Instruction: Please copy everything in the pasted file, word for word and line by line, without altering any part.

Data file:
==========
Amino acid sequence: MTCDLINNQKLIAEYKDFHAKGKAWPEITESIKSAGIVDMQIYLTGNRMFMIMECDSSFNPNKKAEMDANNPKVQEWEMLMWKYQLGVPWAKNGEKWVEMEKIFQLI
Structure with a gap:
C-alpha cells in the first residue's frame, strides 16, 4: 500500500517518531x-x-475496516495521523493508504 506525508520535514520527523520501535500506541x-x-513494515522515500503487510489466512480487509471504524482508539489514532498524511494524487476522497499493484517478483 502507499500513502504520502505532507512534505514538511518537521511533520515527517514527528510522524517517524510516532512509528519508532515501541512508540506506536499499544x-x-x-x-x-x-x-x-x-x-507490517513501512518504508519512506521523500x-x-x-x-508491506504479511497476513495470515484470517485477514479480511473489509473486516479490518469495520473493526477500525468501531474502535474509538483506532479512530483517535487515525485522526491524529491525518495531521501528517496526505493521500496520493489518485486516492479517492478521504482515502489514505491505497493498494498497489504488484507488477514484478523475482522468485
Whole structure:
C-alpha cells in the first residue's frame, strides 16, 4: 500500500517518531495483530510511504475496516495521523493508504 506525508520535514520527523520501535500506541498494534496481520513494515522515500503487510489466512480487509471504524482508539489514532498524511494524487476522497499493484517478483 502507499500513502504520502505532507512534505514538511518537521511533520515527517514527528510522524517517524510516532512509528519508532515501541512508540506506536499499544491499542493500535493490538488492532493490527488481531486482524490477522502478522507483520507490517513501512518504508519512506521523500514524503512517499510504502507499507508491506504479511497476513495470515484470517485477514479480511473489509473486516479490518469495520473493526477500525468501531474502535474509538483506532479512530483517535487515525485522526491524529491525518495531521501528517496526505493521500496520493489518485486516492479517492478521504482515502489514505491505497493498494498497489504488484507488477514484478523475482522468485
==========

Amino acid sequence: MTCDLINNQKLIAEYKDFHAKGKAWPEITESIKSAGIVDMQIYLTGNRMFMIMECDSSFNPNKKAEMDANNPKVQEWEMLMWKYQLGVPWAKNGEKWVEMEKIFQLI
Structure with a gap:
C-alpha cells in the first residue's frame, strides 16, 4: 500500500517518531x-x-475496516495521523493508504 506525508520535514520527523520501535500506541x-x-513494515522515500503487510489466512480487509471504524482508539489514532498524511494524487476522497499493484517478483 502507499500513502504520502505532507512534505514538511518537521511533520515527517514527528510522524517517524510516532512509528519508532515501541512508540506506536499499544x-x-x-x-x-x-x-x-x-x-507490517513501512518504508519512506521523500x-x-x-x-508491506504479511497476513495470515484470517485477514479480511473489509473486516479490518469495520473493526477500525468501531474502535474509538483506532479512530483517535487515525485522526491524529491525518495531521501528517496526505493521500496520493489518485486516492479517492478521504482515502489514505491505497493498494498497489504488484507488477514484478523475482522468485
Whole structure:
C-alpha cells in the first residue's frame, strides 16, 4: 500500500517518531495483530510511504475496516495521523493508504 506525508520535514520527523520501535500506541498494534496481520513494515522515500503487510489466512480487509471504524482508539489514532498524511494524487476522497499493484517478483 502507499500513502504520502505532507512534505514538511518537521511533520515527517514527528510522524517517524510516532512509528519508532515501541512508540506506536499499544491499542493500535493490538488492532493490527488481531486482524490477522502478522507483520507490517513501512518504508519512506521523500514524503512517499510504502507499507508491506504479511497476513495470515484470517485477514479480511473489509473486516479490518469495520473493526477500525468501531474502535474509538483506532479512530483517535487515525485522526491524529491525518495531521501528517496526505493521500496520493489518485486516492479517492478521504482515502489514505491505497493498494498497489504488484507488477514484478523475482522468485